A strong and all-too short collection here, with Aberrations ranging from shocking and surreal, to scary and even heart-breaking. Not a duff story among them, although particular standouts were, ‘Bug House’, ‘The Hounds of Love’ and ‘Bus People’. ‘Goat Boy’ by Jeremy C Shipp also requires a re-read or two, as he continues to push the boundaries of surreal and disturbing storytelling. Most of these would also make excellent TV episodes, along the lines of the much-missed Masters of Horror. Strongly recommended for any fan of the frightening, horrific and bizarre.
Also, that cover is brilliant.
Money Well Earned by Joseph Nassise
The notorious Mothman is a very usual case for a professional hitman, and his hunt doesn’t pan out quite how he expects. An effective and genre-bending story with a slick resolution.
*Bug House by Lisa Tuttle
Eeeew. Gross, horrible, and excellent. Some deeply unpleasant, squelchy body horror gets superbly carried off, more by suggestion than graphic detail, and it’s all the more icky for that. You came here for uncomfortable, and now you’ve got it. Shudder.
The Thing in the Woods by Nate Kenyon
The first of two ‘couple hit monster with their car’ stories in this collection. With its domestic abuse aspects, there’s a dash of Stephen King in its DNA, but this is very much its own beast. Fighting to survive can bring out the best and the worst in people. It also refuses to easily answer who you should think the real monster is. Great writing.
Survivors by Joe McKinney
This deals with the human cost and emotional fall out following a worldwide zombie holocaust. A soldier revisits old and painful memories of someone he tried to save. Emotional stuff that doesn’t skimp on the gore, as well as adeptly handling the character’s post traumatic stress and survivor’s guilt.
The Hounds of Love by Scott Nicholson
The toughest, most rewarding story here. Disturbed, nightmarish, and extremely sad, it’s very hard to read (content-wise) and yet utterly compelling. You’ll need a strong stomach for the quite graphic description of animal cruelty, yet if you stick with it the payoff more-than compensates. Deftly delivered and brilliantly written, with complex layers of darkness. Love is truly all around.
Goat Boy by Jeremy C Shipp
It’s about a goat boy. Who, er…well, he….look, just read it, ok? I’ll get back to you. Maybe you can explain it. Because this was great. Yes, I liked it. Huh? No, I did. Supreme surrealism as always, recommended despite the inevitable head-scratching. I may have to re-read again. And again. Strange relationships get pulled through every possible dimension. There’s a goatlike-man, who…look, let’s just go with it.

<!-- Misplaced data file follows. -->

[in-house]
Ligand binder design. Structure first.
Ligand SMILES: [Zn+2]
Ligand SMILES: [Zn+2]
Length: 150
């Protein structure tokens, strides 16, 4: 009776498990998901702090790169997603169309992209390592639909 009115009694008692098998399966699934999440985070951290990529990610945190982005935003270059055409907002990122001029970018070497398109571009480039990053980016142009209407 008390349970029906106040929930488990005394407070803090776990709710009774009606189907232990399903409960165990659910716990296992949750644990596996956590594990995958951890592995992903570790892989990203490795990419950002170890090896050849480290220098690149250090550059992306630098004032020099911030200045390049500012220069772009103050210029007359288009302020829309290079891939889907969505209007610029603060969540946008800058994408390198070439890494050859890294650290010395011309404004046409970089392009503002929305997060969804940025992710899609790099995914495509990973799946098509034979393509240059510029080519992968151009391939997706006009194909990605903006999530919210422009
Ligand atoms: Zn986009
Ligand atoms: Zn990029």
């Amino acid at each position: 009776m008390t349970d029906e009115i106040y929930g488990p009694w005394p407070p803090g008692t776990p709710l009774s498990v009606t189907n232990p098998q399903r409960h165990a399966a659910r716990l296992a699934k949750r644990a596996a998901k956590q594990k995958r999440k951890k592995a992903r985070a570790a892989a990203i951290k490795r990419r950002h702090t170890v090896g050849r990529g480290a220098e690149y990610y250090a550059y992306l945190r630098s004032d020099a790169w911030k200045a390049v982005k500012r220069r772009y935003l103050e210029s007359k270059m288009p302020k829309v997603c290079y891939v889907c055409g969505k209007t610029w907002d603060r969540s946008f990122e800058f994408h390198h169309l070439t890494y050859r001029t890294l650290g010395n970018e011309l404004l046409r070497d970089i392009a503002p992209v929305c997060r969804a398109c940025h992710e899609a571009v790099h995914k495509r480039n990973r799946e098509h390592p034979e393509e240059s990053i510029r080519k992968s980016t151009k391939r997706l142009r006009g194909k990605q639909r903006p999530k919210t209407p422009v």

Tested by Lisa Morton
The second ‘couple hit a monster with a car’ story from a very different viewpoint. This time it’s all from a male perspective. After a dreadful car crash in an isolated spot, a mild-mannered husband has to dig for his long-buried courage in order to make it through a terrifying ordeal. A very solid survival story.
Bus People by Simon Wood
A totally accurate portrayal of the population one generally encounters when using public transport, albeit taken to gruesome extremes. Marvellously grotesque, displaying a fine eye for the freakishly uncomfortable. Bus journeys really are just like this. Highly recommended.
Beggars at Dawn by Elizabeth Massie
A former soldier confronts his guilt and trauma after surviving the trenches, receiving support from an unexpected quarter. This is a gentler story about the healing of the human spirit, and it feels noticeably different to the rest of the stories in this collection, but it’s effectively written and well worth a look.
From Hamlin to Harperville by Kealan Patrick Burke
A very famous fairy-tale gets a disturbing modern update, although it’s really more of a ‘what happened next’ piece. Can a monster really live as a human? Can they ever escape what they are and what they did? Creepily effective, and fully in the spirit of the original children’s story.